So we gave her time off again and finally got her in shape to race. She won her first race and was slightly off, setting a new track record, but she shin-bucked again. Instead of putting her through more training and pain, we elected to use her for a broodmare.

Her baby was just like her, extremely fast and regularly shin-bucked. I think the weak bone mass was part of the genetics in the bloodline. While genetics can play a role in a horse developing bucked shins, there are certain training and management practices that can help prevent them.

Picture of our training surface.

Hard surfaces

Repeated impact on hard surfaces can cause bucked shins. When a horse’s legs strike a hard surface, the force of the impact can damage the delicate tissue surrounding the bone. This can lead to inflammation and pain; bucked shins can become a chronic problem over time.

We are lucky in that the surface of our training track is relatively deep and soft. I’ve been to a number of training facilities that are way too firm and dangerous for training young horses. Even some race tracks aren’t ideal surfaces for young horses. Evangeline downs was tough on the young horse’s legs last season.


Once bucked shins are identified, treatment options include rest, ice therapy, poultice, and anti-inflammatory medications. If properly rested and treated, bucked shins often heal on their own over time.

We initially rub down their shins with Super Green horse linament; you can find this at most tack shops and rest our horse. The rest period is essential for shin-buck injuries. You should not keep your horse completely still because it will not heal correctly.

But you also don’t want your horse to do too much because that can undo the healing process. We’ve also seen good results using DMSO. However, if you’re unfamiliar with using it, I suggest reading my article on DMSO first.

Finding the right balance is important so your horse can heal properly. I suggest turning your horse out in a paddock or taking it out of its stall daily for walks on a lead rope and trying to avoid situations that may cause it to get excited and pound its feet.

If you regularly work with horses, invest in a pair of ice boots; most are easy to use and relatively inexpensive. They come in handy for a range of injuries. I wrote an article about ice boots, it covers their uses, and I give my recommendations on the best ones to buy.

Picture of a horse getting its front legs wrapped to treat bucked shins.


Once the horse has recovered from bucked shins, it is important to continue with preventative measures to avoid future injury. This would include having a proper warm-up and cool-down routine before and after exercise.

Also, you’ll need to gradually increase the intensity and duration of workouts to allow the horse’s muscles and bones to adapt. Proper nutrition, including adequate calcium and phosphorus, is also important for healthy bone development in horses.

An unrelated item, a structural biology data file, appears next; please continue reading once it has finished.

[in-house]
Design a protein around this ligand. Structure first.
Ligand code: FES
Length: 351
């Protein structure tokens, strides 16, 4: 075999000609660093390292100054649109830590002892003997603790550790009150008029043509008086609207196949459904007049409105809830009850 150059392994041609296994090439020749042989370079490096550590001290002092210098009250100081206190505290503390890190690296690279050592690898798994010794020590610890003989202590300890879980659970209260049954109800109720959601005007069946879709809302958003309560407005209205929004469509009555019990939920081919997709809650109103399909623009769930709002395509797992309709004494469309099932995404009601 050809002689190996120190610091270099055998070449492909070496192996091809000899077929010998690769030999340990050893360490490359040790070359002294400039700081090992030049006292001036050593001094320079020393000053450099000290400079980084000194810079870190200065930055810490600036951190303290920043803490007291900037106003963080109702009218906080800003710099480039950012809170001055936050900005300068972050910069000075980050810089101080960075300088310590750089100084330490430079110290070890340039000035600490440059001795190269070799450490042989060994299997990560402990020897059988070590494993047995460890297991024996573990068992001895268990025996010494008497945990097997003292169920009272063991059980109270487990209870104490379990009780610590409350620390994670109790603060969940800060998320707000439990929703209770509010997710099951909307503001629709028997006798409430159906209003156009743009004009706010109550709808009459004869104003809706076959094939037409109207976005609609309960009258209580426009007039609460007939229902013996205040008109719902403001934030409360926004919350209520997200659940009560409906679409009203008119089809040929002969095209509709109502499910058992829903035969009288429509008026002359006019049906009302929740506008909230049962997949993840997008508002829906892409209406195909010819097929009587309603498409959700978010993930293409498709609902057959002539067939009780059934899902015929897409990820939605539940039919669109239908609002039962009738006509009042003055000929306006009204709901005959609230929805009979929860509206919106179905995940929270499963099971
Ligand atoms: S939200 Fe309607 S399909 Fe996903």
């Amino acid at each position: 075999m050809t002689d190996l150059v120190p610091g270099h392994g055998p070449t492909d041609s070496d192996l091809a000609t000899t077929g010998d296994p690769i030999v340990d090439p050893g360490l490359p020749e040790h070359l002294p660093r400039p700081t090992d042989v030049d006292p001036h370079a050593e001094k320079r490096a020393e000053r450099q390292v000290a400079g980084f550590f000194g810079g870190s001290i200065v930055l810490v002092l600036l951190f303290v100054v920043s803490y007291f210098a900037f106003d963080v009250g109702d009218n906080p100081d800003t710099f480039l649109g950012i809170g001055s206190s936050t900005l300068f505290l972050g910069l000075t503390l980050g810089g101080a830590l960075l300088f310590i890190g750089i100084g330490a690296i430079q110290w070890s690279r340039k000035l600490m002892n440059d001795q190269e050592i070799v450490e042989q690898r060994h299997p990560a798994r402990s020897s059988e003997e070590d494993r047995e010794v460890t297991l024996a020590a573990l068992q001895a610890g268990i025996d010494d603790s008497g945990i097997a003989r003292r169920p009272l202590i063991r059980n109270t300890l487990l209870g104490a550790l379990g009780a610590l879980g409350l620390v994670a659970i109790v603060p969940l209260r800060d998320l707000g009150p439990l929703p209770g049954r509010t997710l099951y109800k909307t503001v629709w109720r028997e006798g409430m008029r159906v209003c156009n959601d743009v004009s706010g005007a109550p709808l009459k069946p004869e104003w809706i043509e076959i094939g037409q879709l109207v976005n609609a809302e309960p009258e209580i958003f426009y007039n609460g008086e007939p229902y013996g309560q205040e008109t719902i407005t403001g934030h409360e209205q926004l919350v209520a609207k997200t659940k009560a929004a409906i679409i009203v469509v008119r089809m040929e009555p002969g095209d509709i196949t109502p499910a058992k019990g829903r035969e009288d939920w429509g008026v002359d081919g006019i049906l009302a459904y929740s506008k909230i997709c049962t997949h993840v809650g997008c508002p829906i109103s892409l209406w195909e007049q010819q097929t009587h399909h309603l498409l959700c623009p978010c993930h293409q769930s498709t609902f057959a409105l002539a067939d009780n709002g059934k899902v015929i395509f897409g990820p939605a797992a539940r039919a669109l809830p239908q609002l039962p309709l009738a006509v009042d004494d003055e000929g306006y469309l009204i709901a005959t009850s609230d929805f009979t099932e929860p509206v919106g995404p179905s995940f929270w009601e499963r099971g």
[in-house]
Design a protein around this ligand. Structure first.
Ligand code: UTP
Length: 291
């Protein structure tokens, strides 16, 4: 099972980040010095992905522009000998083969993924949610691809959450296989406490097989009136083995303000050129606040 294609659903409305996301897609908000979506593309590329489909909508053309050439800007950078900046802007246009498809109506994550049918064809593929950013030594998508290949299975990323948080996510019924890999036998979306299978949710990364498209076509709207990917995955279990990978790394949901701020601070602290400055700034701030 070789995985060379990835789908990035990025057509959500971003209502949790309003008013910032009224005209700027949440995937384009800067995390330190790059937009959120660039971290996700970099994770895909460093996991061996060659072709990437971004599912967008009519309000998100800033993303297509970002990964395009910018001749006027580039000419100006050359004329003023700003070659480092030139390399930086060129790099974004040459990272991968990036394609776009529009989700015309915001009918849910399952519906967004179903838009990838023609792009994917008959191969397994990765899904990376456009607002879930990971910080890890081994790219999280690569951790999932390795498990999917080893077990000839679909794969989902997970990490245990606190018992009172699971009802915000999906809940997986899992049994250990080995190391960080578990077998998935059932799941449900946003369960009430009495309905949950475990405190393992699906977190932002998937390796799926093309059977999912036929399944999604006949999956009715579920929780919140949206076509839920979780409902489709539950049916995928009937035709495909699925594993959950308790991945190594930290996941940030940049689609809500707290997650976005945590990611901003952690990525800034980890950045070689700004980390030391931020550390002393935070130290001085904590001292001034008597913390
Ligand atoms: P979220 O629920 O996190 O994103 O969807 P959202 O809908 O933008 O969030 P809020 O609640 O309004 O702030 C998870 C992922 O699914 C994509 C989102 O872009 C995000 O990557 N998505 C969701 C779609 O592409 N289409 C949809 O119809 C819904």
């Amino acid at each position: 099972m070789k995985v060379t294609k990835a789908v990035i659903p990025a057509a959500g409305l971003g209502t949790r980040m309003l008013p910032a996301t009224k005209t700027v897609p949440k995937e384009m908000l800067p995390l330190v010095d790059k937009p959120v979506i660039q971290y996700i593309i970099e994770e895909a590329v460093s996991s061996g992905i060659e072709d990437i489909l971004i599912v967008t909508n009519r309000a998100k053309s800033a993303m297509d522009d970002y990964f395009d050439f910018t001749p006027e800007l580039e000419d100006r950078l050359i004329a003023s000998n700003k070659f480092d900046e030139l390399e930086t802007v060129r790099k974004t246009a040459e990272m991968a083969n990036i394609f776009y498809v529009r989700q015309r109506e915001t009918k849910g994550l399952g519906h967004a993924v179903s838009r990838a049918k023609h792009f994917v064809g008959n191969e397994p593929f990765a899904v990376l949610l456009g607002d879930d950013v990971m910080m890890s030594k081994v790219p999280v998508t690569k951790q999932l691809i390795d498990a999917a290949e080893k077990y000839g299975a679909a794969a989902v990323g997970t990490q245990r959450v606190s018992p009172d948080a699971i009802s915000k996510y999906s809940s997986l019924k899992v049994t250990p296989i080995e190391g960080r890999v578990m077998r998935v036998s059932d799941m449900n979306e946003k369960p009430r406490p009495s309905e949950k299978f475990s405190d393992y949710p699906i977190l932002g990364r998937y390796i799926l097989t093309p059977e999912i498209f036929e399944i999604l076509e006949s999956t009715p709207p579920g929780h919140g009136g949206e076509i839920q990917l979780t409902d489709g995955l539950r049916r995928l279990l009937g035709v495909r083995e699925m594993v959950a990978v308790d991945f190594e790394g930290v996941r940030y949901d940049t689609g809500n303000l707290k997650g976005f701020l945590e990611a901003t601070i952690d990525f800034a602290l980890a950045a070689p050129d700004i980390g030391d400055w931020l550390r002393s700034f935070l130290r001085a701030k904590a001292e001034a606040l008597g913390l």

Providing proper footing for exercise surfaces can also help prevent injuries such as bucked shins. Regular veterinary exams can help catch any potential issues early on and allow for timely treatment before they become more serious problems.

Veterinarian Petrisor Baia DVM wrote a really good article titled: Understanding the condition of bucked shins so we can take better care of our horses. It provides insight into training two-year-old racehorses to help develop bone and prevent bucked shins.

We use a similar training program. Instead of long gallops, we introduce short sprints early in our horse’s training. I think this helps prevent young horses from shin bucking, and it’s consistent with the above article’s findings.


In conclusion, bucked shins in horses can be difficult to deal with and can have long-term effects on the horse’s performance and soundness. Bucked shins are typically caused by repetitive stress on the bone.

It causes inflammation on the front surface of the cannon bone and is a painful and potentially career-ending injury for the horse. While genetics can play a role in a horse developing bucked shins, there are certain training and management practices that can help prevent them.

Treatment options include rest, ice therapy, and anti-inflammatory medications. It is important for horse owners and trainers to be aware of the potential for bucked shins in order to keep their horses happy and healthy.

Below is a video of two of our young horses working together.

YouTube video


How long do bucked shins take to heal?

A horse must rest for four to six weeks with a bucked shin. However, don’t leave the horse in a stall; it needs to move around, preferably in a pasture, to help the bone heal.

What is the shin on a horse called?

The shin of a horse is called the cannon bone; it’s the long bone in the horse’s leg that runs from the hock to the fetlock. The cannon bone is a key weight-bearing bone.